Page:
But five of the samples all came from the same European male and matched his German ancestry. Beethoven had hand delivered one of the locks himself to the pianist Anton Halm in April 1826, saying “Das sind meine Haare!” (“That is my hair!”)
The genetic analysis spotted clues hiding in the composer’s DNA that could add context to his health issues.
“We were unable to find a definitive cause for Beethoven’s deafness or gastrointestinal problems,” Krause said.
“However, we did discover a number of significant genetic risk factors for liver disease,” he added. “We also found evidence of an infection with hepatitis B virus in at latest the months before the composer’s final illness. Those likely contributed to his death.”
Beethoven’s genetic data also helped the researchers rule out other potential causes of his ailments, such as celiac disease, an autoimmune condition, lactose intolerance or irritable bowel syndrome.
Letters written by Beethoven, as well as those of his friends, show that the composer regularly consumed alcohol. Although it’s difficult to tell how much he drank, a close friend wrote that Beethoven had at least a liter of wine with lunch each day.
Drinking alcohol, combined with genetic risk factors for liver disease and his hepatitis B infection, might have been the perfect storm for Beethoven’s health near the end of his life.
“If his alcohol consumption was sufficiently heavy over a long enough period of time, the interaction with his genetic risk factors presents one possible explanation for his cirrhosis,” said lead study author Tristan Begg, Ph.D. student at the University of Cambridge.
But the researchers cautioned that the timing of all of these events was critical to understanding what contributed to Beethoven’s death. Future research could reveal more insights — including the reason behind his hearing loss, the authors said.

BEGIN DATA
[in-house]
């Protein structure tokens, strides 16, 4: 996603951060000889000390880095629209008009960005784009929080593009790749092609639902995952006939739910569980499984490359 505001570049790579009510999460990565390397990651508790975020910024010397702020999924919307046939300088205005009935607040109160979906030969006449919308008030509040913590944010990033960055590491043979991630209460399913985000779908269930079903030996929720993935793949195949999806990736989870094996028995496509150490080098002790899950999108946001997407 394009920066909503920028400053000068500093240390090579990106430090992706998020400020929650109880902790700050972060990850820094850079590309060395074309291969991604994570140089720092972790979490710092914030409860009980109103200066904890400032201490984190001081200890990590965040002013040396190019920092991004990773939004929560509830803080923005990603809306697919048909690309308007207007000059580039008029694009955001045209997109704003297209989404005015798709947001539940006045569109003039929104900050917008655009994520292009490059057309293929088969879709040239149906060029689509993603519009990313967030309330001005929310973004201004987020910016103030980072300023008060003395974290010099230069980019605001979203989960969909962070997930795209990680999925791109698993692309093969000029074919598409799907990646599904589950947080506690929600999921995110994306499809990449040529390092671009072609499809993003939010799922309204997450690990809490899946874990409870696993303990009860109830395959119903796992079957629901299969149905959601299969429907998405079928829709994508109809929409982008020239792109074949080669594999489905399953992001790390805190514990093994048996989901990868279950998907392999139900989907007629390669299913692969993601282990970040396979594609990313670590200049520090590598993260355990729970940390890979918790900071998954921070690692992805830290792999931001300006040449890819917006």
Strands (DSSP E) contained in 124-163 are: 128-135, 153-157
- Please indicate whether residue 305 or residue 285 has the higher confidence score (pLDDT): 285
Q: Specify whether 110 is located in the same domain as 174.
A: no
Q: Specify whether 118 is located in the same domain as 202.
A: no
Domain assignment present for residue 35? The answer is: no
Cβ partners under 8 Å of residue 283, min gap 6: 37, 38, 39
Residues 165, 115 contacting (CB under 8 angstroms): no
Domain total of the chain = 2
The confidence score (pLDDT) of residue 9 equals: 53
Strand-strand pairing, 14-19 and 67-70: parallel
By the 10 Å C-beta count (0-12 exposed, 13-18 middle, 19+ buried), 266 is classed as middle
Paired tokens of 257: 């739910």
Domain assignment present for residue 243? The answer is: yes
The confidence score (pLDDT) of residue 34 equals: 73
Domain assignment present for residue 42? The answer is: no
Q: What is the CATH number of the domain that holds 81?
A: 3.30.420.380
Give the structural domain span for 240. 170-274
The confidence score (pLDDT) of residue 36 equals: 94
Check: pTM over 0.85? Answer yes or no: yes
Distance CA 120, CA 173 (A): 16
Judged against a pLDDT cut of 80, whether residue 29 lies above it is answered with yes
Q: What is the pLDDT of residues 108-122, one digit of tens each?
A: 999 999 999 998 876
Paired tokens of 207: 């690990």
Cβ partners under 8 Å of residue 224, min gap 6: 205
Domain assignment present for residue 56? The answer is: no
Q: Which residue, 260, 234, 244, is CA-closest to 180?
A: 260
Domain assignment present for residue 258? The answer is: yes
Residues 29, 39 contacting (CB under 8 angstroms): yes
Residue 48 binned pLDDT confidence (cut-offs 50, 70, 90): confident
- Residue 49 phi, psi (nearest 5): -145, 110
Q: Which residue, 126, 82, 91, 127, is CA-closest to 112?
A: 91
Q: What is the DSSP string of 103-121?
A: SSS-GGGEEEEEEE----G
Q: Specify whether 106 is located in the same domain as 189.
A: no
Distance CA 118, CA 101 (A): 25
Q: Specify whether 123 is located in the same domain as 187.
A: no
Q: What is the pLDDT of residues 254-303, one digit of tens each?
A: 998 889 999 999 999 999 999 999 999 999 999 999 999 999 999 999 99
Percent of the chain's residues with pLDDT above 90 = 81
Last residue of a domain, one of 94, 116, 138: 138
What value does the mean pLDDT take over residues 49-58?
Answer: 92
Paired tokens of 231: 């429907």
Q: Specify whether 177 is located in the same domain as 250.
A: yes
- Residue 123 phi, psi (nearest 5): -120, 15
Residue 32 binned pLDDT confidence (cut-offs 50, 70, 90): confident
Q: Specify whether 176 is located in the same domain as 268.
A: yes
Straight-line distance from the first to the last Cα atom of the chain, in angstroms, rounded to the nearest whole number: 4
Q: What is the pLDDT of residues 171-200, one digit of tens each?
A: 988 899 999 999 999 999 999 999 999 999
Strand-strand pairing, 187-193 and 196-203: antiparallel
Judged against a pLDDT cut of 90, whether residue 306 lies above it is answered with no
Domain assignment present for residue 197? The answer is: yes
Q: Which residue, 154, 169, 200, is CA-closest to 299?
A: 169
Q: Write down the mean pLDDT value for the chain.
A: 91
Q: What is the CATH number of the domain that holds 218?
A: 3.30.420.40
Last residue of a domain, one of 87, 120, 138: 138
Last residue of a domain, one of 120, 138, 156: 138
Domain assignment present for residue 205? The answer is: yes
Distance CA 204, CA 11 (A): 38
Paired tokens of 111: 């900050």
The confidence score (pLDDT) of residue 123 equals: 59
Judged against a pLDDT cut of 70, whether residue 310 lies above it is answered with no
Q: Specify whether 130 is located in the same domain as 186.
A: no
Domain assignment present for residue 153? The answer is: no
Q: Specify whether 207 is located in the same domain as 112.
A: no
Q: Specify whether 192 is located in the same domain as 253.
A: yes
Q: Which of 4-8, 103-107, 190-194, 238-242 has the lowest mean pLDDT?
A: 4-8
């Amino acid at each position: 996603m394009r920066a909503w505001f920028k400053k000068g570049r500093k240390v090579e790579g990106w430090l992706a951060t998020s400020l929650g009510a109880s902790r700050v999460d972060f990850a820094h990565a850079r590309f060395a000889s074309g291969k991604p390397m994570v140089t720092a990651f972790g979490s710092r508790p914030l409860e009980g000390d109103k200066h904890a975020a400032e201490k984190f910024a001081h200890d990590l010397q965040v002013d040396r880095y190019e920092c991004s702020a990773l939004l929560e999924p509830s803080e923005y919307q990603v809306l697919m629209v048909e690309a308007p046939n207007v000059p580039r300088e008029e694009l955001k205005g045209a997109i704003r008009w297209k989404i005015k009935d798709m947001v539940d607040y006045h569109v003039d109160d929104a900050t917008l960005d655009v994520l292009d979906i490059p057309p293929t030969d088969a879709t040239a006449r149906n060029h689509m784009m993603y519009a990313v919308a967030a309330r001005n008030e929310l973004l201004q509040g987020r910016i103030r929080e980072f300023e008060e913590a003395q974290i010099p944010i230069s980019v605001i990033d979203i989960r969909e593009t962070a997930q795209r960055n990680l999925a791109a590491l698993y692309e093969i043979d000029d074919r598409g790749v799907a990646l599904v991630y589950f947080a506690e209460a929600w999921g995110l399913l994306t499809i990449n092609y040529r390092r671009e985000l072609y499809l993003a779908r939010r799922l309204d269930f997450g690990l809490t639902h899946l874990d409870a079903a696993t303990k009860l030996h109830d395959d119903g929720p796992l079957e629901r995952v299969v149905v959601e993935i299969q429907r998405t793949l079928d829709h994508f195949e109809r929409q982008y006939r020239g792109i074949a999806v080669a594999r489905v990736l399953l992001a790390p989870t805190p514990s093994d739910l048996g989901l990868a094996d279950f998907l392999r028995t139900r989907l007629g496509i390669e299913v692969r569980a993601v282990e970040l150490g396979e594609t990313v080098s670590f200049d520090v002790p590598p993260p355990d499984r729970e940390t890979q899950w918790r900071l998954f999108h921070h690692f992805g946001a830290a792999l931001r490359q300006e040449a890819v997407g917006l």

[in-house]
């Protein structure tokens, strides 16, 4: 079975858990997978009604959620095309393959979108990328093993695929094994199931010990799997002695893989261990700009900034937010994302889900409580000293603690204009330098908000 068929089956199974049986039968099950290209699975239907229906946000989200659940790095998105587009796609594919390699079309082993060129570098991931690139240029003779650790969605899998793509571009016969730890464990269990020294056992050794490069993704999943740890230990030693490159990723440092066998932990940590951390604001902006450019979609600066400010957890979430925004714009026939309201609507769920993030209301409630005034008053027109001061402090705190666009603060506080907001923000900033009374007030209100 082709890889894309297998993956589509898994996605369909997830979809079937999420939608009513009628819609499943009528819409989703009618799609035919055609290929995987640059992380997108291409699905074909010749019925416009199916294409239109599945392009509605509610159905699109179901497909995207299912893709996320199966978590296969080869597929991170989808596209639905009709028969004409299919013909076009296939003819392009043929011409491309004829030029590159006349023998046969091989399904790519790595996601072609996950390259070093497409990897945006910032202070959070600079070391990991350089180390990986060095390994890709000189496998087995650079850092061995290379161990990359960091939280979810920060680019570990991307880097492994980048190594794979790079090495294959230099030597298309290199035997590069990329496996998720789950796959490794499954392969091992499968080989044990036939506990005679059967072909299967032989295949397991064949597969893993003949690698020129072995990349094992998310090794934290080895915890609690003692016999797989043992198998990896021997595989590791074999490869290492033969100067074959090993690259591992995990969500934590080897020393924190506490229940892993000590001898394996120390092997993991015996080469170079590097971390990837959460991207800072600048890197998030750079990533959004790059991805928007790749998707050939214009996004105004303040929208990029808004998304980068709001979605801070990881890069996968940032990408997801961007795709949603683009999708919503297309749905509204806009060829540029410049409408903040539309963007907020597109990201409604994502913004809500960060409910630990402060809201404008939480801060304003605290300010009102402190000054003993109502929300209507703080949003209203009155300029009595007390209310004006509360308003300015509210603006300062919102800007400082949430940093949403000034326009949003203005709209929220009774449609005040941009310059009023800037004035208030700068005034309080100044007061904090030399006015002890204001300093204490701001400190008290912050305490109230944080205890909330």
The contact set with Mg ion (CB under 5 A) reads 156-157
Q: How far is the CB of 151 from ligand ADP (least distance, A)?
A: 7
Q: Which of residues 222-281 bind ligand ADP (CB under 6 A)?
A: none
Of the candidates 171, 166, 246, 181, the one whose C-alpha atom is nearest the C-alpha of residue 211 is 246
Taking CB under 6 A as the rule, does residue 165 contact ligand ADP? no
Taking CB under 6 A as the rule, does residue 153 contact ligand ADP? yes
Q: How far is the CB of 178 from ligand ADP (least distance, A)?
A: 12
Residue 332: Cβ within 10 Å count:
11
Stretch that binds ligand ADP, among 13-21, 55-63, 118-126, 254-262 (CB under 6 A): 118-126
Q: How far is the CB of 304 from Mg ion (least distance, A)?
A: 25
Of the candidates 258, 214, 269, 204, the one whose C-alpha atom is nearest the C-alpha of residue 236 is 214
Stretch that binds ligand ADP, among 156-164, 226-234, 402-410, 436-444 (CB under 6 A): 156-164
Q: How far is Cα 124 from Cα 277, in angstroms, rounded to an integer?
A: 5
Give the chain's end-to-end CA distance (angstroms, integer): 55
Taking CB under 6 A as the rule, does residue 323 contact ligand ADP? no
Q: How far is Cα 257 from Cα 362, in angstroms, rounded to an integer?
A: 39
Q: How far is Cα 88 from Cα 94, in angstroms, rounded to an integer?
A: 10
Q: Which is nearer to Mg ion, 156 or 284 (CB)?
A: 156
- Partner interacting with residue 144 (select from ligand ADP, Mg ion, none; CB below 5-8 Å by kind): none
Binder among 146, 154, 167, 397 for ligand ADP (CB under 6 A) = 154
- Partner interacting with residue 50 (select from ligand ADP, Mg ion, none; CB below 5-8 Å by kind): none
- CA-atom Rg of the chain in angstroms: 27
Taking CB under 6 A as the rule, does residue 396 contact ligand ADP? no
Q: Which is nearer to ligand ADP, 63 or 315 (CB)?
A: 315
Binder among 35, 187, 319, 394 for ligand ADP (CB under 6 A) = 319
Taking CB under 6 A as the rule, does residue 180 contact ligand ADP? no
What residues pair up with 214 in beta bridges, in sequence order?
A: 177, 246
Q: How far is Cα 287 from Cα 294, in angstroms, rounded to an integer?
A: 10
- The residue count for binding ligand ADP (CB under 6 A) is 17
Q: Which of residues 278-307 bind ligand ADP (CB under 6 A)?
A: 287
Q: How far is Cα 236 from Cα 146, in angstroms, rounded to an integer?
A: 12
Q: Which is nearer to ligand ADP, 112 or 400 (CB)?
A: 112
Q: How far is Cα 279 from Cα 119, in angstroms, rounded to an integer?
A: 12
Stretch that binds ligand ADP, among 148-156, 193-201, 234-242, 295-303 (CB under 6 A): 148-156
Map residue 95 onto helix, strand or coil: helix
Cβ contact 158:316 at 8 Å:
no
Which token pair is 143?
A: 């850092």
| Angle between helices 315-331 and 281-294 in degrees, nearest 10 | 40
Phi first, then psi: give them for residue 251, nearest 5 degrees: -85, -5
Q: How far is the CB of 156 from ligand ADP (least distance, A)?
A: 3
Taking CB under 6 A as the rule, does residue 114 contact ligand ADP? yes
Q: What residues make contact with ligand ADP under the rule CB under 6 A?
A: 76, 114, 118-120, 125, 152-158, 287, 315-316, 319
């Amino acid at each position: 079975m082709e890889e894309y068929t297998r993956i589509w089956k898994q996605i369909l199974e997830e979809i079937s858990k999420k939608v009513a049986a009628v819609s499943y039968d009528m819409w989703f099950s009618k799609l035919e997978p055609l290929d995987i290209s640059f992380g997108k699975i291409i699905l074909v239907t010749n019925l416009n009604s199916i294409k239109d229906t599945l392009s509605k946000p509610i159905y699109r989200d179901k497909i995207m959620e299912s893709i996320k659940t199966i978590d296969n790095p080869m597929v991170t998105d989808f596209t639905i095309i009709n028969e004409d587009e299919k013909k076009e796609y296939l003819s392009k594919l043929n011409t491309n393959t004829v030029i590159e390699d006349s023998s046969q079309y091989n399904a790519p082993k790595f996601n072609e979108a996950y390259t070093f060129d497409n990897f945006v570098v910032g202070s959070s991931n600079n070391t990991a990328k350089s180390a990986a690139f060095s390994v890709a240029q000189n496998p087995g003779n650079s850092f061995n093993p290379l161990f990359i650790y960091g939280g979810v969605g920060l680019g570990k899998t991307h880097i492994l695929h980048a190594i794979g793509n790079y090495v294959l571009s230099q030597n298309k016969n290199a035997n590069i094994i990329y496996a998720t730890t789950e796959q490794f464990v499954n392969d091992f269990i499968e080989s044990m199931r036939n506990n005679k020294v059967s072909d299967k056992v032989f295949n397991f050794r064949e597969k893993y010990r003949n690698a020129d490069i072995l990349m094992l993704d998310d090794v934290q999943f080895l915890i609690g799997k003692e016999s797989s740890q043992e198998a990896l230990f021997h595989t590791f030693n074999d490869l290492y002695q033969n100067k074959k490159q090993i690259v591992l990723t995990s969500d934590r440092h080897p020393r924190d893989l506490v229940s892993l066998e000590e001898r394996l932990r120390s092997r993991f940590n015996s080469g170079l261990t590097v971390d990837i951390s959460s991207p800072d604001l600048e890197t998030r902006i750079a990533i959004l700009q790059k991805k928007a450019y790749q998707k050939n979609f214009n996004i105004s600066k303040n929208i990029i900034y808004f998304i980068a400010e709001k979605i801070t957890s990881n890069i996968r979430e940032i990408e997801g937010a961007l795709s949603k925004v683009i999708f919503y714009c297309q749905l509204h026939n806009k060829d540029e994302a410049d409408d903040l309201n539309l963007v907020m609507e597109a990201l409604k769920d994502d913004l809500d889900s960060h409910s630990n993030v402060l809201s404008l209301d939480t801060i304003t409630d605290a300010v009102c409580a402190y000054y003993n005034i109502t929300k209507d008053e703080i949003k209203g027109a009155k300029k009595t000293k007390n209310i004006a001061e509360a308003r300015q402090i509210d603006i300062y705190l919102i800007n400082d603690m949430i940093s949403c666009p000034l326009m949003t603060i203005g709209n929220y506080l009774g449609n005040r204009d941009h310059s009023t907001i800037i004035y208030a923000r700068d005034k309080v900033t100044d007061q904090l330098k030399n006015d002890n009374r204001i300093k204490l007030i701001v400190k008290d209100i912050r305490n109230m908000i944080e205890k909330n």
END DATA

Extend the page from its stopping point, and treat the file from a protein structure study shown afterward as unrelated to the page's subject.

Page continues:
“We hope that by making Beethoven’s genome publicly available for researchers, and perhaps adding further authenticated locks to the initial chronological series, remaining questions about his health and genealogy can someday be answered,” Begg said.
A secret in the DNA
Once the research team established Beethoven’s genetic profile, they compared it with the DNA of his living relatives in Belgium. But in a twist, they weren’t able to determine a complete match.
While some of the relatives shared a paternal ancestor through Beethoven’s family in the late 1500s and early 1600s, there was no match for the Y-chromosome in Beethoven’s hair samples.
This suggests that somewhere in the family’s history, there was an extramarital affair on Beethoven’s father’s side that resulted in a child.
“Through the combination of DNA data and archival documents, we were able to observe a discrepancy between Ludwig van Beethoven’s legal and biological genealogy,” said study coauthor Maarten Larmuseau, a genetic genealogist at the KU Leuven in Belgium.
The researchers think the affair occurred sometime between the 1572 conception of Hendrik van Beethoven, an ancestor in the paternal Beethoven line seven generations removed from the composer, and the conception of Beethoven in 1770.